Selecting The Style Of Tap To Use
The First Questions
You need a tap. What information is needed, and how do you choose the right tap for the job?
When you call North American Tool, we will ask for the basic thread description which specifies the diameter, thread pitch or TPI, the Class-of-Fit (for gaging purposes), and the thread type (e.g. 60-degree, Acme, Buttress, Whitworth, Pipe, etc..). All of these features should be called out by the customer, or included on the Part Print.
After that, the following three questions will assist North American Tool in providing the best possible solution, rather than the first available solution.
1. WHAT IS THE MATERIAL BEING TAPPED?
This will help us recommend the proper geometry, and base-material for the tap; Hi-speed Steel (HSS), Premium Steel (HSSE), or Carbide. It will also tell us whether you have the option to cut, or form the threads. And, the material knowledge will help us recommend a coating, or surface treatment, to improve tap performance.
2. HOW DEEP ARE THEY TAPPING, AND WILL THEY REQUIRE EXTRA LENGTH ON THE TAP FOR "REACH'?
The answer to this question will determine tap thread length and shank clearance needed based on depth. It also helps us envision the kind of forces that might come into play, how much torque might be generated on the tap, and whether excessive depth will contribute to a chip evacuation problem. Remember, by industry standards, anything over 1-1/2 times tap diameter in depth is consider excessive, and "depth-of-cut" needs to be a consideration in the tap design.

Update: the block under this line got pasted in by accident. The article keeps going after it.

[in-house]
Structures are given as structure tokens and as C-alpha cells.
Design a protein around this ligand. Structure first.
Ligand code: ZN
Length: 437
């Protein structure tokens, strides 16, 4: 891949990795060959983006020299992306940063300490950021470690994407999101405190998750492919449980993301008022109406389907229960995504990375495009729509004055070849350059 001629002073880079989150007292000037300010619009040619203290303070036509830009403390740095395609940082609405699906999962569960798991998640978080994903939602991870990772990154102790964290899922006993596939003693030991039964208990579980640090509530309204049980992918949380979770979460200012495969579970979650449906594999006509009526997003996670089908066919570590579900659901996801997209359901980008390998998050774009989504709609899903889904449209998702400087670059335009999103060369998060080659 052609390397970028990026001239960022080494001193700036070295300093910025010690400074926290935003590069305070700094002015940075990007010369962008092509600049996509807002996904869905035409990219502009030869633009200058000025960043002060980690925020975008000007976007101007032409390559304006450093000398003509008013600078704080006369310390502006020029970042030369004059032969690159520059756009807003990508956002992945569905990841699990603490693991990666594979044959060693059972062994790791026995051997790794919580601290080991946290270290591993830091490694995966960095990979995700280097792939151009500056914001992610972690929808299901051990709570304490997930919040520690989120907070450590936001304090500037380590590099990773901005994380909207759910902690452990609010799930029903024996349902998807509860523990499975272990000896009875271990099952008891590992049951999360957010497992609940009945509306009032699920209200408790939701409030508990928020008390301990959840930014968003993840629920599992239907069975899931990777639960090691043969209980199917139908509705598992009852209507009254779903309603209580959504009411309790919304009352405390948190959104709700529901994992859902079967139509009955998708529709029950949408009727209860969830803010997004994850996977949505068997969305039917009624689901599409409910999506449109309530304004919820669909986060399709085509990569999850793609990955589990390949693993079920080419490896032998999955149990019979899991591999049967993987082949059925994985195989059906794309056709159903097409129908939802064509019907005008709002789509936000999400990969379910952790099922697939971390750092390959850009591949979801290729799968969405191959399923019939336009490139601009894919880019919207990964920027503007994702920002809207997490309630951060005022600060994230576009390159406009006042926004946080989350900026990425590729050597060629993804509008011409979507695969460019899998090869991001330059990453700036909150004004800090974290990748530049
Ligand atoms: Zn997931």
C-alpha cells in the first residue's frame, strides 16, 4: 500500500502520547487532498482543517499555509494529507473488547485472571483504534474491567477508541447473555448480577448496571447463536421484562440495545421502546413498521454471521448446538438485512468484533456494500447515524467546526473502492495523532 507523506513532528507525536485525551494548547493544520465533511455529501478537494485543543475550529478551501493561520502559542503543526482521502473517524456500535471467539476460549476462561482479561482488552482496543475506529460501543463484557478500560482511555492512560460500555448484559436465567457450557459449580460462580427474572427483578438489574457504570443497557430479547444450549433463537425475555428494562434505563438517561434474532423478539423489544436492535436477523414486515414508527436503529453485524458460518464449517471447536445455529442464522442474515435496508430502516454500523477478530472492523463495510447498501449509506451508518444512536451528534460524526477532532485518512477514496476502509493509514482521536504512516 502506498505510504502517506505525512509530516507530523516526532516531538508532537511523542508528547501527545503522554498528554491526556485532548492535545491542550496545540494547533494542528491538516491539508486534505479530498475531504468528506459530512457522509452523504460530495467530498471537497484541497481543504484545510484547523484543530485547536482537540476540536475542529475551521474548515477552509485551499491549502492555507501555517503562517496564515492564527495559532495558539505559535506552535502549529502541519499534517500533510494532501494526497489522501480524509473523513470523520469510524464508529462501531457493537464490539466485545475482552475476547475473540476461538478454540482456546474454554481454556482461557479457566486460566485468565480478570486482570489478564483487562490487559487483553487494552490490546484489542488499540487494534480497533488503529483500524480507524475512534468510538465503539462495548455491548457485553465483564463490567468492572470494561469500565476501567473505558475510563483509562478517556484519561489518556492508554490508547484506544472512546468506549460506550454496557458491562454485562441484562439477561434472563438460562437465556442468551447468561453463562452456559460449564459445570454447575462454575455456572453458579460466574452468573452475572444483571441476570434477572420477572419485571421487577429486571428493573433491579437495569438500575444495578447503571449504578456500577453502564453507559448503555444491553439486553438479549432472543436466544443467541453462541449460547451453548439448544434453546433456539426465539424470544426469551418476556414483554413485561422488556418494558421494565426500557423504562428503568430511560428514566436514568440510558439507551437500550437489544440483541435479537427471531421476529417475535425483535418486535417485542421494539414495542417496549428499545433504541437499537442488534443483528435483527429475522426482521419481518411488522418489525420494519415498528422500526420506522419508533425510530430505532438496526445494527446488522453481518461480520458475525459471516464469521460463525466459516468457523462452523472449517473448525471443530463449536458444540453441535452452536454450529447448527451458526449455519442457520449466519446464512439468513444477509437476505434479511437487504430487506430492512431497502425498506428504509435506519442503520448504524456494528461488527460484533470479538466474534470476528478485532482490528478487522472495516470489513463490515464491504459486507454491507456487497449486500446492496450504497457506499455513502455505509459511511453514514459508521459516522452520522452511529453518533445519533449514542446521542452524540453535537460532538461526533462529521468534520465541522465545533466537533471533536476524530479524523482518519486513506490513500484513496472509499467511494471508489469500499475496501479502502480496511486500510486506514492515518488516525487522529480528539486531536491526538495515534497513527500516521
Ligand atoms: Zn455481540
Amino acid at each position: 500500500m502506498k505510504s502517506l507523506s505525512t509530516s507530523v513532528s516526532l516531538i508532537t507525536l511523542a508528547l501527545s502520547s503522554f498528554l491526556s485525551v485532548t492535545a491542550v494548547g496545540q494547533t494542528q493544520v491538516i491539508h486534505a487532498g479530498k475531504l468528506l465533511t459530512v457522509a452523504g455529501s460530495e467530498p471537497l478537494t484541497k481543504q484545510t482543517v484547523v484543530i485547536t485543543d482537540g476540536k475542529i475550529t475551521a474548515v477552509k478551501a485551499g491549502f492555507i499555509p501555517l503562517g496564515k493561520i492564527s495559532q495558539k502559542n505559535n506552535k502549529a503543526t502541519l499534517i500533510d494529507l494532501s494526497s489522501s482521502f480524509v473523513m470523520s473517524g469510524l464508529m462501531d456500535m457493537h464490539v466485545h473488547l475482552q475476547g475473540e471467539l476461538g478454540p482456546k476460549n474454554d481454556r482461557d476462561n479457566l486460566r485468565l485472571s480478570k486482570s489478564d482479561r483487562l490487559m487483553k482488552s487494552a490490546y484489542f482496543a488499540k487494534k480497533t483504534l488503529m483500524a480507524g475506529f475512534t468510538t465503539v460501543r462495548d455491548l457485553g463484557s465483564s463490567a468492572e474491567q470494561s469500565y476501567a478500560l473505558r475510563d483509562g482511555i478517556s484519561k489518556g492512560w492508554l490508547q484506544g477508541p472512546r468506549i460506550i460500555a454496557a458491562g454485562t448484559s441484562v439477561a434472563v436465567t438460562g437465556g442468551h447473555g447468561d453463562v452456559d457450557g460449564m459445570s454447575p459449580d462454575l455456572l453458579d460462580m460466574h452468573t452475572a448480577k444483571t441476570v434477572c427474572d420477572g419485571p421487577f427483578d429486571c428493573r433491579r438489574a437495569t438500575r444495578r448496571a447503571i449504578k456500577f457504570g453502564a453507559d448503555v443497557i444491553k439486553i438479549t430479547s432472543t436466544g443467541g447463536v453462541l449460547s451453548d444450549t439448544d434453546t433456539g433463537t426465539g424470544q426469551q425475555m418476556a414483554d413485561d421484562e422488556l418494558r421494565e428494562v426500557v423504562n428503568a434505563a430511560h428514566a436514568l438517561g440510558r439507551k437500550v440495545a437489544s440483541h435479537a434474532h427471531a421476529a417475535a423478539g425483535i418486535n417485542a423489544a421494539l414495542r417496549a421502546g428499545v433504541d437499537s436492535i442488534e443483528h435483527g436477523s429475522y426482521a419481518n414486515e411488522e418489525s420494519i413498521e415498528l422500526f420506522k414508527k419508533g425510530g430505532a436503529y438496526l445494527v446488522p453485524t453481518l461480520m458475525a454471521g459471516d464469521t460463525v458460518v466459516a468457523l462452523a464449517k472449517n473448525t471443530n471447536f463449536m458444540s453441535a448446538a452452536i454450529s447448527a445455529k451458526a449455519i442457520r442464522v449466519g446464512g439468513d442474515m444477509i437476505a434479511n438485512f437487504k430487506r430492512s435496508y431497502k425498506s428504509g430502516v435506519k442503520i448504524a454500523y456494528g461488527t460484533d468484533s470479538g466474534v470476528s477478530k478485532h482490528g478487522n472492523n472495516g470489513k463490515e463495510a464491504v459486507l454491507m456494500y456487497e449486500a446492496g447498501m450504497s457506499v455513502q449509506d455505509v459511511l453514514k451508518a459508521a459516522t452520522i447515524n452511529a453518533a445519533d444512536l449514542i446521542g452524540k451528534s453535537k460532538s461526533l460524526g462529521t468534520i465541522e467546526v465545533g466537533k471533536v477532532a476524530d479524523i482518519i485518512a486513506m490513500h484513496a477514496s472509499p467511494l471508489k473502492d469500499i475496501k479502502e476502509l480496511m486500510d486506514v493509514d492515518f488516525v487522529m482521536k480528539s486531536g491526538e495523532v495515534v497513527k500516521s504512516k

3. IS THE HOLE BEING TAPPED "THROUGH," OR "BLIND"?
The answer to this question will lead us to a recommendation on flute geometry (straight, spiral, or spiral-point), and chamfer length allowed. A part print, if available, is helpful to determine how much "clearance" is available in a blind hole to accommodate the tap chamfer length potential.
The answers to these three give us a great start on recommending the proper tap. Additional questions about material hardness, machine requirements, fixture limitations as they apply to reach and clearance, coolants and lubricants, and gaging issues will further refine the tooling recommendations.
A wise man once said, "90% of the time that a tool fails, it's not the fault of the tool. It is more likely the wrong tool for the job". All too often, vital information has not been gathered before ordering the tool. Please help yourself by asking the right questions, or working with people like North American Tool who will ask them for you!